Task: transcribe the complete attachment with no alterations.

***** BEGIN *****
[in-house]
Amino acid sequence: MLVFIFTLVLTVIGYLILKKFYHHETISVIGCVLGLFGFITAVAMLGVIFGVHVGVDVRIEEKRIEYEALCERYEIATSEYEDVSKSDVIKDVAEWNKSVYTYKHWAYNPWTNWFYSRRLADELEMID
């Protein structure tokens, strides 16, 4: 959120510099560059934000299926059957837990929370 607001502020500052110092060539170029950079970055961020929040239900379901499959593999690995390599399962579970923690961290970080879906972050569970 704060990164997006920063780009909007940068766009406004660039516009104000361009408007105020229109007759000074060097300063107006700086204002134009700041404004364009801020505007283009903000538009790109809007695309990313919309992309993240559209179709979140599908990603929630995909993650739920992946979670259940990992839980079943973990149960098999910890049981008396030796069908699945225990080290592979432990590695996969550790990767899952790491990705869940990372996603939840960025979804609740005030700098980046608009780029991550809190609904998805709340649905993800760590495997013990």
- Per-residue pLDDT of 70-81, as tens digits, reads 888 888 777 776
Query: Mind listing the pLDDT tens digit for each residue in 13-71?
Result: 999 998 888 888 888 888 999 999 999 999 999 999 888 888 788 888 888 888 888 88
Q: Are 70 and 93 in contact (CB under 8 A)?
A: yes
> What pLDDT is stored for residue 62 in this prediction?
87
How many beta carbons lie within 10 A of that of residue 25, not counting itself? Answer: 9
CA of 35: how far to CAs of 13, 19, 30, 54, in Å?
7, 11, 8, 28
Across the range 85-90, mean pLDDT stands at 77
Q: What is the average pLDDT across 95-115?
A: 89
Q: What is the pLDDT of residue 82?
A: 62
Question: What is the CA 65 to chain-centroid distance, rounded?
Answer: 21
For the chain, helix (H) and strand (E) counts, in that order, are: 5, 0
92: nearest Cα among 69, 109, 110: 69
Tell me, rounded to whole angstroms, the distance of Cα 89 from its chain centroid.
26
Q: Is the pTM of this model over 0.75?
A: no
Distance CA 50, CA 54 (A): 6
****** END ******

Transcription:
[in-house]
Amino acid sequence: MLVFIFTLVLTVIGYLILKKFYHHETISVIGCVLGLFGFITAVAMLGVIFGVHVGVDVRIEEKRIEYEALCERYEIATSEYEDVSKSDVIKDVAEWNKSVYTYKHWAYNPWTNWFYSRRLADELEMID
């Protein structure tokens, strides 16, 4: 959120510099560059934000299926059957837990929370 607001502020500052110092060539170029950079970055961020929040239900379901499959593999690995390599399962579970923690961290970080879906972050569970 704060990164997006920063780009909007940068766009406004660039516009104000361009408007105020229109007759000074060097300063107006700086204002134009700041404004364009801020505007283009903000538009790109809007695309990313919309992309993240559209179709979140599908990603929630995909993650739920992946979670259940990992839980079943973990149960098999910890049981008396030796069908699945225990080290592979432990590695996969550790990767899952790491990705869940990372996603939840960025979804609740005030700098980046608009780029991550809190609904998805709340649905993800760590495997013990």
- Per-residue pLDDT of 70-81, as tens digits, reads 888 888 777 776
Query: Mind listing the pLDDT tens digit for each residue in 13-71?
Result: 999 998 888 888 888 888 999 999 999 999 999 999 888 888 788 888 888 888 888 88
Q: Are 70 and 93 in contact (CB under 8 A)?
A: yes
> What pLDDT is stored for residue 62 in this prediction?
87
How many beta carbons lie within 10 A of that of residue 25, not counting itself? Answer: 9
CA of 35: how far to CAs of 13, 19, 30, 54, in Å?
7, 11, 8, 28
Across the range 85-90, mean pLDDT stands at 77
Q: What is the average pLDDT across 95-115?
A: 89
Q: What is the pLDDT of residue 82?
A: 62
Question: What is the CA 65 to chain-centroid distance, rounded?
Answer: 21
For the chain, helix (H) and strand (E) counts, in that order, are: 5, 0
92: nearest Cα among 69, 109, 110: 69
Tell me, rounded to whole angstroms, the distance of Cα 89 from its chain centroid.
26
Q: Is the pTM of this model over 0.75?
A: no
Distance CA 50, CA 54 (A): 6